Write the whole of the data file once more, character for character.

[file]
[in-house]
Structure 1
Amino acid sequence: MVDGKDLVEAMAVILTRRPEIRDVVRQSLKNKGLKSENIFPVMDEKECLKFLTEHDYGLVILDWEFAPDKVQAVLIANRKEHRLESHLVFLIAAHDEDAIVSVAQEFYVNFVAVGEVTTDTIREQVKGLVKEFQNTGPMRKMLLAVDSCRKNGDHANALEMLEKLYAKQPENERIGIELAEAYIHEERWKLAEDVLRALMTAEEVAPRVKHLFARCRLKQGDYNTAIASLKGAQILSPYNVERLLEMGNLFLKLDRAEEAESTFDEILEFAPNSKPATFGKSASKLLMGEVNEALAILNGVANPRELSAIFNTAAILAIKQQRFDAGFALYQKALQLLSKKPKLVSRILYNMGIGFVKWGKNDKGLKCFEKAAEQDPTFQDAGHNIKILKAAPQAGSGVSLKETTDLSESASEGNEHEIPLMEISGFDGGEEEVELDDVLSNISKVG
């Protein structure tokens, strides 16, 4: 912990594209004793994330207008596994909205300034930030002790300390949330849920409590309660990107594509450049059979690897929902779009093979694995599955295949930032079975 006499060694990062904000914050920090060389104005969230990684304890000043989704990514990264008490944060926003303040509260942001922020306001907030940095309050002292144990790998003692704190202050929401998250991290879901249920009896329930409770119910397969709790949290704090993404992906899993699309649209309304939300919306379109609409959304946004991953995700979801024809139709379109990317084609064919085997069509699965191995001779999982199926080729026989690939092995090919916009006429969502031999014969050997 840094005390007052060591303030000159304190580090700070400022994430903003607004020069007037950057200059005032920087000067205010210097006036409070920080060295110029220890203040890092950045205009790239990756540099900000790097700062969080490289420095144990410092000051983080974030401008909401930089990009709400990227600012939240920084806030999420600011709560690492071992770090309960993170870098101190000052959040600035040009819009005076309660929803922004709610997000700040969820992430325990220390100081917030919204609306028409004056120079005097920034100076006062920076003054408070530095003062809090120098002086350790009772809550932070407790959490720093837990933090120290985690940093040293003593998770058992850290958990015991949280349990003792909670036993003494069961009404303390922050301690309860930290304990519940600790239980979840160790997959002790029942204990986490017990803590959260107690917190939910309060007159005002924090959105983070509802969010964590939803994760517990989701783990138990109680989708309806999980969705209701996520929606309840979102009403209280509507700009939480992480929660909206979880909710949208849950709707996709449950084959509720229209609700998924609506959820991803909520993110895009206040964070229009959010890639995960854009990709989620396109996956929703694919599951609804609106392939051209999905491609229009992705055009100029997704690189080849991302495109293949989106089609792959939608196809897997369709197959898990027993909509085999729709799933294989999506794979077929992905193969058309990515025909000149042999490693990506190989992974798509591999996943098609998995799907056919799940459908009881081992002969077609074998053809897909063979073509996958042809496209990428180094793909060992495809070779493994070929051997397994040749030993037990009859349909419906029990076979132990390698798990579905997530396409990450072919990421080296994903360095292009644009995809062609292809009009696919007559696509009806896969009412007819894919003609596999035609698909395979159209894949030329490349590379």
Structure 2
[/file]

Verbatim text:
[in-house]
Structure 1
Amino acid sequence: MVDGKDLVEAMAVILTRRPEIRDVVRQSLKNKGLKSENIFPVMDEKECLKFLTEHDYGLVILDWEFAPDKVQAVLIANRKEHRLESHLVFLIAAHDEDAIVSVAQEFYVNFVAVGEVTTDTIREQVKGLVKEFQNTGPMRKMLLAVDSCRKNGDHANALEMLEKLYAKQPENERIGIELAEAYIHEERWKLAEDVLRALMTAEEVAPRVKHLFARCRLKQGDYNTAIASLKGAQILSPYNVERLLEMGNLFLKLDRAEEAESTFDEILEFAPNSKPATFGKSASKLLMGEVNEALAILNGVANPRELSAIFNTAAILAIKQQRFDAGFALYQKALQLLSKKPKLVSRILYNMGIGFVKWGKNDKGLKCFEKAAEQDPTFQDAGHNIKILKAAPQAGSGVSLKETTDLSESASEGNEHEIPLMEISGFDGGEEEVELDDVLSNISKVG
């Protein structure tokens, strides 16, 4: 912990594209004793994330207008596994909205300034930030002790300390949330849920409590309660990107594509450049059979690897929902779009093979694995599955295949930032079975 006499060694990062904000914050920090060389104005969230990684304890000043989704990514990264008490944060926003303040509260942001922020306001907030940095309050002292144990790998003692704190202050929401998250991290879901249920009896329930409770119910397969709790949290704090993404992906899993699309649209309304939300919306379109609409959304946004991953995700979801024809139709379109990317084609064919085997069509699965191995001779999982199926080729026989690939092995090919916009006429969502031999014969050997 840094005390007052060591303030000159304190580090700070400022994430903003607004020069007037950057200059005032920087000067205010210097006036409070920080060295110029220890203040890092950045205009790239990756540099900000790097700062969080490289420095144990410092000051983080974030401008909401930089990009709400990227600012939240920084806030999420600011709560690492071992770090309960993170870098101190000052959040600035040009819009005076309660929803922004709610997000700040969820992430325990220390100081917030919204609306028409004056120079005097920034100076006062920076003054408070530095003062809090120098002086350790009772809550932070407790959490720093837990933090120290985690940093040293003593998770058992850290958990015991949280349990003792909670036993003494069961009404303390922050301690309860930290304990519940600790239980979840160790997959002790029942204990986490017990803590959260107690917190939910309060007159005002924090959105983070509802969010964590939803994760517990989701783990138990109680989708309806999980969705209701996520929606309840979102009403209280509507700009939480992480929660909206979880909710949208849950709707996709449950084959509720229209609700998924609506959820991803909520993110895009206040964070229009959010890639995960854009990709989620396109996956929703694919599951609804609106392939051209999905491609229009992705055009100029997704690189080849991302495109293949989106089609792959939608196809897997369709197959898990027993909509085999729709799933294989999506794979077929992905193969058309990515025909000149042999490693990506190989992974798509591999996943098609998995799907056919799940459908009881081992002969077609074998053809897909063979073509996958042809496209990428180094793909060992495809070779493994070929051997397994040749030993037990009859349909419906029990076979132990390698798990579905997530396409990450072919990421080296994903360095292009644009995809062609292809009009696919007559696509009806896969009412007819894919003609596999035609698909395979159209894949030329490349590379």
Structure 2